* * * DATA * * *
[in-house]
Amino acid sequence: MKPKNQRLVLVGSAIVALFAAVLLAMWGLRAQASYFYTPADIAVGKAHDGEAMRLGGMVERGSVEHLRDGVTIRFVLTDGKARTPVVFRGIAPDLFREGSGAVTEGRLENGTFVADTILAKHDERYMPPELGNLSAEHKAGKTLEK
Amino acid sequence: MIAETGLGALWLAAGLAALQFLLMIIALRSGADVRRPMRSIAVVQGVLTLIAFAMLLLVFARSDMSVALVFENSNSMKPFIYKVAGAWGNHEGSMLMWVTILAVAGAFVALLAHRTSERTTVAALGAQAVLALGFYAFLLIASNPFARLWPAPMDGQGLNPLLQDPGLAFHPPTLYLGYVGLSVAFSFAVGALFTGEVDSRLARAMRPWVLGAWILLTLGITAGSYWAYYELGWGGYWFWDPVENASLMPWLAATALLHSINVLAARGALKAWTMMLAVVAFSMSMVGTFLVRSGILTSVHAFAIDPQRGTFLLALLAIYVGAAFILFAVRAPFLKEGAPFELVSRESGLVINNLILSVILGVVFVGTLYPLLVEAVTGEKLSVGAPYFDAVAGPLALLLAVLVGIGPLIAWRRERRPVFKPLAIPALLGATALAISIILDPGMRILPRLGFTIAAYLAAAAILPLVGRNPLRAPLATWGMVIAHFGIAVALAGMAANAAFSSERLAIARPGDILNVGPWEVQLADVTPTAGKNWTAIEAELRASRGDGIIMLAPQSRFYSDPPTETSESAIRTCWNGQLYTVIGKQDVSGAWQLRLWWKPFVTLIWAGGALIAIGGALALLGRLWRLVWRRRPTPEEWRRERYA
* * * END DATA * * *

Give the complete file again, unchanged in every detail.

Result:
[in-house]
Amino acid sequence: MKPKNQRLVLVGSAIVALFAAVLLAMWGLRAQASYFYTPADIAVGKAHDGEAMRLGGMVERGSVEHLRDGVTIRFVLTDGKARTPVVFRGIAPDLFREGSGAVTEGRLENGTFVADTILAKHDERYMPPELGNLSAEHKAGKTLEK
Amino acid sequence: MIAETGLGALWLAAGLAALQFLLMIIALRSGADVRRPMRSIAVVQGVLTLIAFAMLLLVFARSDMSVALVFENSNSMKPFIYKVAGAWGNHEGSMLMWVTILAVAGAFVALLAHRTSERTTVAALGAQAVLALGFYAFLLIASNPFARLWPAPMDGQGLNPLLQDPGLAFHPPTLYLGYVGLSVAFSFAVGALFTGEVDSRLARAMRPWVLGAWILLTLGITAGSYWAYYELGWGGYWFWDPVENASLMPWLAATALLHSINVLAARGALKAWTMMLAVVAFSMSMVGTFLVRSGILTSVHAFAIDPQRGTFLLALLAIYVGAAFILFAVRAPFLKEGAPFELVSRESGLVINNLILSVILGVVFVGTLYPLLVEAVTGEKLSVGAPYFDAVAGPLALLLAVLVGIGPLIAWRRERRPVFKPLAIPALLGATALAISIILDPGMRILPRLGFTIAAYLAAAAILPLVGRNPLRAPLATWGMVIAHFGIAVALAGMAANAAFSSERLAIARPGDILNVGPWEVQLADVTPTAGKNWTAIEAELRASRGDGIIMLAPQSRFYSDPPTETSESAIRTCWNGQLYTVIGKQDVSGAWQLRLWWKPFVTLIWAGGALIAIGGALALLGRLWRLVWRRRPTPEEWRRERYA